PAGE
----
A leap year in the Jewish calendar is a year with 13 months instead of 12. The Jewish calendar uses a 19 year cycle with 7 leap years. The leap year cycle is when those leap years occur in each 19 year span. In the Jewish calendar the leap year cycle is the 3rd, 6th, 8th, 11th, 14th, 17th and 19th years.

This can also be represented by the difference between each leap year in the cycle, as in 3 3 2 3 3 3 2.

Hoeh's leap year cycle is a modified version of these 7 years, his sequence is 2 3 2 3 3 3 2, which would make the 2nd, 5th, 7th, 10th, 13th, 16th and 18th years of the 19 year cycle leap year in the Jewish calendar. This is the cycle Hoeh proposed was the “original” leap year cycle, and his theory states that the current Jewish calendar is using a “new” leap year cycle. This theory is what causes there to be an extra month in the year 30 CE, which pushes the Passover back 1 month in the year 31 CE, and thus allowed Hoeh to claim there was a Wednesday Passover for the year 31 CE. This is the error used by UCG to both prove that Jesus supported the Jewish calendar and that the crucifixion occurred in 31 CE.

A complete explanation on how the math and logic of the Jewish calendar works, including detailed use and explanation of the leap year cycle, can be read here:

The original paper sent to UCG that compared multiple Jewish calendar math sources (including the link above) and demonstrates that crucifixion during the year 31 CE is not supported by the Jewish calendar can be read here:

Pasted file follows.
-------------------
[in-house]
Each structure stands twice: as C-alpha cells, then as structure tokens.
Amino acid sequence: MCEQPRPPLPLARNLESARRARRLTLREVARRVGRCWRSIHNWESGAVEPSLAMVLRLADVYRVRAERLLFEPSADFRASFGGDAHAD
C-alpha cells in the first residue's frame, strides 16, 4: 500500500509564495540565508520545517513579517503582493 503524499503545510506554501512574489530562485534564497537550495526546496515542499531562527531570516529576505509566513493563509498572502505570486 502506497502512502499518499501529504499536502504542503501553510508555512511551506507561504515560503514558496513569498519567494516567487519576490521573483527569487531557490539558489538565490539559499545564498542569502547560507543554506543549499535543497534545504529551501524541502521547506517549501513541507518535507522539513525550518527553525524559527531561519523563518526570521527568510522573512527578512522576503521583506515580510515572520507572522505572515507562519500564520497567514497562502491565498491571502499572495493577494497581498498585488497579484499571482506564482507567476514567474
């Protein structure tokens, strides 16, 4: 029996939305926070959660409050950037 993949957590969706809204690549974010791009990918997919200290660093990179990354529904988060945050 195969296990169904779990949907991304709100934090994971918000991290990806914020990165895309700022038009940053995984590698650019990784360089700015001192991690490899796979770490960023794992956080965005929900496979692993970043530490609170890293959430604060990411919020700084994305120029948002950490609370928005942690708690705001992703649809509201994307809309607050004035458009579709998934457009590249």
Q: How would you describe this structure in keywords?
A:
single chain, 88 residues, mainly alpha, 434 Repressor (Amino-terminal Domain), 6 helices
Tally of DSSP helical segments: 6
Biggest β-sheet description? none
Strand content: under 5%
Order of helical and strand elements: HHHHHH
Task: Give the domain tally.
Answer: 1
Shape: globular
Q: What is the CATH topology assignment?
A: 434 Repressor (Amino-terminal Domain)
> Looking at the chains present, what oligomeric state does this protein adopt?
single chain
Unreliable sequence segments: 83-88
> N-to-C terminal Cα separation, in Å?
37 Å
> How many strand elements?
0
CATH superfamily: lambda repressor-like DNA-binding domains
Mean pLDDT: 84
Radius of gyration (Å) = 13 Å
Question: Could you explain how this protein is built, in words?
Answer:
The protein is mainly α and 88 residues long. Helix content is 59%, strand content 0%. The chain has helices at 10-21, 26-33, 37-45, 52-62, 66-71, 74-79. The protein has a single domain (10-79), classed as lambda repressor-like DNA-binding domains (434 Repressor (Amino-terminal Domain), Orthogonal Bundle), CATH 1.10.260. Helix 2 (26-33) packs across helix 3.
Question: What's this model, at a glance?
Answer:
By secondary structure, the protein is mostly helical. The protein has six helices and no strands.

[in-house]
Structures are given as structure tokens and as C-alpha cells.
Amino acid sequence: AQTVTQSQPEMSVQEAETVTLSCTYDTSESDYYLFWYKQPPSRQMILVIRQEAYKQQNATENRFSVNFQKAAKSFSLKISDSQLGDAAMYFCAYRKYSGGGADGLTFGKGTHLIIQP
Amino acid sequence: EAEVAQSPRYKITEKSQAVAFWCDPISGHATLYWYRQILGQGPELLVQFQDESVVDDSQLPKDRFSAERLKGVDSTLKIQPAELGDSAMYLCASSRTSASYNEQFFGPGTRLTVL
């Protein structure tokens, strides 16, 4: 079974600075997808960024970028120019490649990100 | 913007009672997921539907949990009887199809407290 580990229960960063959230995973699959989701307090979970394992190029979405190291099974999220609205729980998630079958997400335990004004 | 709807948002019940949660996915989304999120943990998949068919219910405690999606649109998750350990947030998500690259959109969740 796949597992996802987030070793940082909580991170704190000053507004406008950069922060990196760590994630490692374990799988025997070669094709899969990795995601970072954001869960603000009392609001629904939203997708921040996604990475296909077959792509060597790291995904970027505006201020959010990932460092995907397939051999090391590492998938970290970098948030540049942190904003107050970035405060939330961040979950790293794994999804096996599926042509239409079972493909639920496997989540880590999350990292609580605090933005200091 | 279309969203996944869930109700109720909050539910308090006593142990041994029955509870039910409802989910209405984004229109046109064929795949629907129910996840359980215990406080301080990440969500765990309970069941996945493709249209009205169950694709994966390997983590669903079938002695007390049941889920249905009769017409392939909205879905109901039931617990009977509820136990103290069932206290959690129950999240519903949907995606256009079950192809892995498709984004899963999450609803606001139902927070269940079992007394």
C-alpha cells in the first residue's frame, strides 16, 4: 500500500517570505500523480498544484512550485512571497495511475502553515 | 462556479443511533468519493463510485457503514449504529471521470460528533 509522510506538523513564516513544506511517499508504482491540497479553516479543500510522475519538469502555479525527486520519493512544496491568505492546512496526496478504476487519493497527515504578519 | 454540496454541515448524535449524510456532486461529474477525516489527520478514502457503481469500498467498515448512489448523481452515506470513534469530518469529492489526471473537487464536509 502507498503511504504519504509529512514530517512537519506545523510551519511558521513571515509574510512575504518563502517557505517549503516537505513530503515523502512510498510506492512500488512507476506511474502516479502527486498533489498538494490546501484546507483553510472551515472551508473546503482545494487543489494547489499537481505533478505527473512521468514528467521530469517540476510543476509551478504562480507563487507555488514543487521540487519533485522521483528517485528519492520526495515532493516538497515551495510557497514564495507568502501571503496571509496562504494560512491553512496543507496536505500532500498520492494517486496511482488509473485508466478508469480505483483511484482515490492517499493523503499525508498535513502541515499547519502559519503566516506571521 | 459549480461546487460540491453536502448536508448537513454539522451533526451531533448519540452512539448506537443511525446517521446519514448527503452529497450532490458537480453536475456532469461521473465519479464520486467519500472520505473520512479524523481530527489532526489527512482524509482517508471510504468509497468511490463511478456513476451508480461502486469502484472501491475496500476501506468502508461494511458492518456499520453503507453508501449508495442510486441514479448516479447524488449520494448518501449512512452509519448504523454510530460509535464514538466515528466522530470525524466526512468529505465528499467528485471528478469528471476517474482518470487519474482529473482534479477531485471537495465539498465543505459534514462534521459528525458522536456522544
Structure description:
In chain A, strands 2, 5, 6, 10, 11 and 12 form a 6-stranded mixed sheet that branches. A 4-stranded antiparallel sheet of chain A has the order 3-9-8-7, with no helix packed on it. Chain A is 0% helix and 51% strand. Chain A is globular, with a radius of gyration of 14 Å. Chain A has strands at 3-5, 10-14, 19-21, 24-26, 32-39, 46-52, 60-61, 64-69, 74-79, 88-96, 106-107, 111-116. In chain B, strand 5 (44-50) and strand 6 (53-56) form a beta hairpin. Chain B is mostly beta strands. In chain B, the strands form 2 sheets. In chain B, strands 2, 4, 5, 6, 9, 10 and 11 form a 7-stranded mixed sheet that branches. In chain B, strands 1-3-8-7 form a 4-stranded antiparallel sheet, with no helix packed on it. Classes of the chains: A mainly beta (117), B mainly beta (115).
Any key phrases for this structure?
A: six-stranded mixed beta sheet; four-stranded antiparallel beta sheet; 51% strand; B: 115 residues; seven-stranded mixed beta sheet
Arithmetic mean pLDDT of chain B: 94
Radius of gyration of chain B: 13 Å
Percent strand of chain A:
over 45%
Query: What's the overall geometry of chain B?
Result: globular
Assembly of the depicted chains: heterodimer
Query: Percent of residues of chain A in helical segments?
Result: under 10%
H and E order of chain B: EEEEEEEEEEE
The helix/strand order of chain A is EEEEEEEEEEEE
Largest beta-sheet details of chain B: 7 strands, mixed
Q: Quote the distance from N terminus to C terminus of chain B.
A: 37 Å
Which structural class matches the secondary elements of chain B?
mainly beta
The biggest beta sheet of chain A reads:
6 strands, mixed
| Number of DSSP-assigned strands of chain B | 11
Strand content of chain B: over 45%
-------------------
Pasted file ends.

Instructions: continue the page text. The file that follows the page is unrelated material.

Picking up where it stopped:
6The Hebrew Calendar: A Mathematical Introduction is available here:

7This is the content from “footnote 1” on page 21
“(footnote 1) There is some evidence that an adjustment to the Hebrew calendar may have taken place during the patriarchate of Simon III (140-163). See Cyrus Adler, "Calendar, History of," in "The Jewish Encyclopedia" (New York: Funk and Wagnalls, 1907), Vol. 3, p. 500.”

NOTE: There are no changes to the calendar in the referenced section of the Jewish Encyclopedia, “Calendar, History of”. Here's the only reference to Simon in this entry:
“Under the patriarchate of Simon III. (140-163) a great quarrel arose concerning the feast-days and the leap-year, which threatened to cause a permanent schism between the Babylonian and the Palestinian communities—a result which was only averted by the exercise of much diplomacy.”

8“Later Jewish writers agree that the calendar was fixed by Hillel II. in the year 670 of the Seleucidan era; that is, 4119 A.M. or 359 C.E. Some, however, as Isaac Israeli, have fixed the date as late as 500.”

9Summary of the Hebrew Calendar